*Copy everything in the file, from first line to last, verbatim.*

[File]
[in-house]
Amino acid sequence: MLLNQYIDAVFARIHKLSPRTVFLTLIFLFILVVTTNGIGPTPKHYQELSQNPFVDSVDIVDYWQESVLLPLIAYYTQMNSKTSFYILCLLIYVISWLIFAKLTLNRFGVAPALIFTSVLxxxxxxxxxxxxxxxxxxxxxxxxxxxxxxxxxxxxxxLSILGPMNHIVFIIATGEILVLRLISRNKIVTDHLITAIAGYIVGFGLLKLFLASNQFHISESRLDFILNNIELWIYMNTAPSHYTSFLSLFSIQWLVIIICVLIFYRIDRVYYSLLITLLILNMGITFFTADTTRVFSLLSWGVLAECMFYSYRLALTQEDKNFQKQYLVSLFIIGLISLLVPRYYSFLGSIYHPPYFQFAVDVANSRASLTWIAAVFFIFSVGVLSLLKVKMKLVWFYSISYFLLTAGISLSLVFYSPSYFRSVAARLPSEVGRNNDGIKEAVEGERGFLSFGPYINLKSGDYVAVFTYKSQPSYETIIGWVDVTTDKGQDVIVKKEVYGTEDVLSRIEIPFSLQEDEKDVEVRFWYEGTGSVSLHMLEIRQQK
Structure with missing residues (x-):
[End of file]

[in-house]
Amino acid sequence: MLLNQYIDAVFARIHKLSPRTVFLTLIFLFILVVTTNGIGPTPKHYQELSQNPFVDSVDIVDYWQESVLLPLIAYYTQMNSKTSFYILCLLIYVISWLIFAKLTLNRFGVAPALIFTSVLxxxxxxxxxxxxxxxxxxxxxxxxxxxxxxxxxxxxxxLSILGPMNHIVFIIATGEILVLRLISRNKIVTDHLITAIAGYIVGFGLLKLFLASNQFHISESRLDFILNNIELWIYMNTAPSHYTSFLSLFSIQWLVIIICVLIFYRIDRVYYSLLITLLILNMGITFFTADTTRVFSLLSWGVLAECMFYSYRLALTQEDKNFQKQYLVSLFIIGLISLLVPRYYSFLGSIYHPPYFQFAVDVANSRASLTWIAAVFFIFSVGVLSLLKVKMKLVWFYSISYFLLTAGISLSLVFYSPSYFRSVAARLPSEVGRNNDGIKEAVEGERGFLSFGPYINLKSGDYVAVFTYKSQPSYETIIGWVDVTTDKGQDVIVKKEVYGTEDVLSRIEIPFSLQEDEKDVEVRFWYEGTGSVSLHMLEIRQQK
Structure with missing residues (x-):